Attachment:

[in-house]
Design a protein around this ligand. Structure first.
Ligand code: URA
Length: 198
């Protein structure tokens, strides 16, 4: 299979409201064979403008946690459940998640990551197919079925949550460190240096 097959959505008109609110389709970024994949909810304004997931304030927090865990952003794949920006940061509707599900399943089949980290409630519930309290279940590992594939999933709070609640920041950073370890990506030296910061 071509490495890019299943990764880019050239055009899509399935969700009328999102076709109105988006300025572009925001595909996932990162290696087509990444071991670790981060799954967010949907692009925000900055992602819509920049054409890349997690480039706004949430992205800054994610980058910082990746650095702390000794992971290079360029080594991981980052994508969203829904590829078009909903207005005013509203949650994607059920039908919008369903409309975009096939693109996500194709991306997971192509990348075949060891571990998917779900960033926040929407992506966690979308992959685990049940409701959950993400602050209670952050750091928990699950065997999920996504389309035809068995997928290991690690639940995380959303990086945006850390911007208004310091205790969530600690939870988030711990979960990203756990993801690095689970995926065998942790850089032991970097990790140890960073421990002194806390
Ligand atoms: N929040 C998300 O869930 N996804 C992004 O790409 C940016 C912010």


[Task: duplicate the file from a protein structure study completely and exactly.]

[in-house]
Design a protein around this ligand. Structure first.
Ligand code: URA
Length: 198
């Protein structure tokens, strides 16, 4: 299979409201064979403008946690459940998640990551197919079925949550460190240096 097959959505008109609110389709970024994949909810304004997931304030927090865990952003794949920006940061509707599900399943089949980290409630519930309290279940590992594939999933709070609640920041950073370890990506030296910061 071509490495890019299943990764880019050239055009899509399935969700009328999102076709109105988006300025572009925001595909996932990162290696087509990444071991670790981060799954967010949907692009925000900055992602819509920049054409890349997690480039706004949430992205800054994610980058910082990746650095702390000794992971290079360029080594991981980052994508969203829904590829078009909903207005005013509203949650994607059920039908919008369903409309975009096939693109996500194709991306997971192509990348075949060891571990998917779900960033926040929407992506966690979308992959685990049940409701959950993400602050209670952050750091928990699950065997999920996504389309035809068995997928290991690690639940995380959303990086945006850390911007208004310091205790969530600690939870988030711990979960990203756990993801690095689970995926065998942790850089032991970097990790140890960073421990002194806390
Ligand atoms: N929040 C998300 O869930 N996804 C992004 O790409 C940016 C912010």